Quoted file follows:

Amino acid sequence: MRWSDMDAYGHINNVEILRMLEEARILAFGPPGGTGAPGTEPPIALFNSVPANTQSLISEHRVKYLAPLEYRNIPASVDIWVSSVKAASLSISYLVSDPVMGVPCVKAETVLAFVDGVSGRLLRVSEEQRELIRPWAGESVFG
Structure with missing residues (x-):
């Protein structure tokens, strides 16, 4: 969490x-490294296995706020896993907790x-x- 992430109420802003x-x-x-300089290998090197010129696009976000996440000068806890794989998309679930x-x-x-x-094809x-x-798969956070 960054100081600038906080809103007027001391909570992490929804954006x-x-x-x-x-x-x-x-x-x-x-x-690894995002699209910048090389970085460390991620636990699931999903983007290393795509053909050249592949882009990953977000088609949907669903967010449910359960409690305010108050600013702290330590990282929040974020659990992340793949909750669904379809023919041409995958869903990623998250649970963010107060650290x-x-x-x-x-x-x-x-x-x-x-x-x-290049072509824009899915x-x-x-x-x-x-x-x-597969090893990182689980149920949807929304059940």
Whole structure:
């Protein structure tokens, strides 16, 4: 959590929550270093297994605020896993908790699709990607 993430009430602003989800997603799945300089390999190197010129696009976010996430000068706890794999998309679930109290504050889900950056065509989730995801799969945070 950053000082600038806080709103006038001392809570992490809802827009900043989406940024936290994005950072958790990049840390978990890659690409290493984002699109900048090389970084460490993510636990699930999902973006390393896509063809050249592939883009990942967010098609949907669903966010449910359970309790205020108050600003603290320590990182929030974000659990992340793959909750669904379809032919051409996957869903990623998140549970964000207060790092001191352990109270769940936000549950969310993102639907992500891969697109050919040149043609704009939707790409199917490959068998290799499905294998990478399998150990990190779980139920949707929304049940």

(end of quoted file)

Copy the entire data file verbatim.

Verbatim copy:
Amino acid sequence: MRWSDMDAYGHINNVEILRMLEEARILAFGPPGGTGAPGTEPPIALFNSVPANTQSLISEHRVKYLAPLEYRNIPASVDIWVSSVKAASLSISYLVSDPVMGVPCVKAETVLAFVDGVSGRLLRVSEEQRELIRPWAGESVFG
Structure with missing residues (x-):
């Protein structure tokens, strides 16, 4: 969490x-490294296995706020896993907790x-x- 992430109420802003x-x-x-300089290998090197010129696009976000996440000068806890794989998309679930x-x-x-x-094809x-x-798969956070 960054100081600038906080809103007027001391909570992490929804954006x-x-x-x-x-x-x-x-x-x-x-x-690894995002699209910048090389970085460390991620636990699931999903983007290393795509053909050249592949882009990953977000088609949907669903967010449910359960409690305010108050600013702290330590990282929040974020659990992340793949909750669904379809023919041409995958869903990623998250649970963010107060650290x-x-x-x-x-x-x-x-x-x-x-x-x-290049072509824009899915x-x-x-x-x-x-x-x-597969090893990182689980149920949807929304059940």
Whole structure:
């Protein structure tokens, strides 16, 4: 959590929550270093297994605020896993908790699709990607 993430009430602003989800997603799945300089390999190197010129696009976010996430000068706890794999998309679930109290504050889900950056065509989730995801799969945070 950053000082600038806080709103006038001392809570992490809802827009900043989406940024936290994005950072958790990049840390978990890659690409290493984002699109900048090389970084460490993510636990699930999902973006390393896509063809050249592939883009990942967010098609949907669903966010449910359970309790205020108050600003603290320590990182929030974000659990992340793959909750669904379809032919051409996957869903990623998140549970964000207060790092001191352990109270769940936000549950969310993102639907992500891969697109050919040149043609704009939707790409199917490959068998290799499905294998990478399998150990990190779980139920949707929304049940």